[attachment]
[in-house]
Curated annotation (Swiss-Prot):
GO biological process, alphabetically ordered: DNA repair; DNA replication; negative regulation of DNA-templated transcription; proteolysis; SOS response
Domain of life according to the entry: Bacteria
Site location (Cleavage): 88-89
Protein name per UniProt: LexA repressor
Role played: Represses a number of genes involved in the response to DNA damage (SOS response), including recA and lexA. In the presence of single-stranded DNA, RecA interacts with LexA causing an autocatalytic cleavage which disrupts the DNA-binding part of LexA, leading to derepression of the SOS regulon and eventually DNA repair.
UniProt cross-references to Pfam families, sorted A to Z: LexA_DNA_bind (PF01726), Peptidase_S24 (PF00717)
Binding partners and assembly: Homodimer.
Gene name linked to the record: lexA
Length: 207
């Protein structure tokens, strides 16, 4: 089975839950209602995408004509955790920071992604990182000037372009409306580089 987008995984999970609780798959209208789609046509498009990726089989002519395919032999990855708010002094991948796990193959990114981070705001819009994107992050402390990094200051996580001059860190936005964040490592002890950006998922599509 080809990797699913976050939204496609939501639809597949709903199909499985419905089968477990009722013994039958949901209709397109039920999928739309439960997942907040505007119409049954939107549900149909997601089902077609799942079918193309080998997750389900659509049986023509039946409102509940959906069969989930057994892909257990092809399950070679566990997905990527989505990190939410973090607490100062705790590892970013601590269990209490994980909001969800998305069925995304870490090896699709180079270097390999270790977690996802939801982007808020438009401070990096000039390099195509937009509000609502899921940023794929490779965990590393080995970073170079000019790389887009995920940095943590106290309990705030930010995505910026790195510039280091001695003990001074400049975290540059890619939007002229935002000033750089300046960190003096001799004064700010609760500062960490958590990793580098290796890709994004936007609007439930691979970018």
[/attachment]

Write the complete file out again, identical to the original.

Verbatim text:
[in-house]
Curated annotation (Swiss-Prot):
GO biological process, alphabetically ordered: DNA repair; DNA replication; negative regulation of DNA-templated transcription; proteolysis; SOS response
Domain of life according to the entry: Bacteria
Site location (Cleavage): 88-89
Protein name per UniProt: LexA repressor
Role played: Represses a number of genes involved in the response to DNA damage (SOS response), including recA and lexA. In the presence of single-stranded DNA, RecA interacts with LexA causing an autocatalytic cleavage which disrupts the DNA-binding part of LexA, leading to derepression of the SOS regulon and eventually DNA repair.
UniProt cross-references to Pfam families, sorted A to Z: LexA_DNA_bind (PF01726), Peptidase_S24 (PF00717)
Binding partners and assembly: Homodimer.
Gene name linked to the record: lexA
Length: 207
């Protein structure tokens, strides 16, 4: 089975839950209602995408004509955790920071992604990182000037372009409306580089 987008995984999970609780798959209208789609046509498009990726089989002519395919032999990855708010002094991948796990193959990114981070705001819009994107992050402390990094200051996580001059860190936005964040490592002890950006998922599509 080809990797699913976050939204496609939501639809597949709903199909499985419905089968477990009722013994039958949901209709397109039920999928739309439960997942907040505007119409049954939107549900149909997601089902077609799942079918193309080998997750389900659509049986023509039946409102509940959906069969989930057994892909257990092809399950070679566990997905990527989505990190939410973090607490100062705790590892970013601590269990209490994980909001969800998305069925995304870490090896699709180079270097390999270790977690996802939801982007808020438009401070990096000039390099195509937009509000609502899921940023794929490779965990590393080995970073170079000019790389887009995920940095943590106290309990705030930010995505910026790195510039280091001695003990001074400049975290540059890619939007002229935002000033750089300046960190003096001799004064700010609760500062960490958590990793580098290796890709994004936007609007439930691979970018």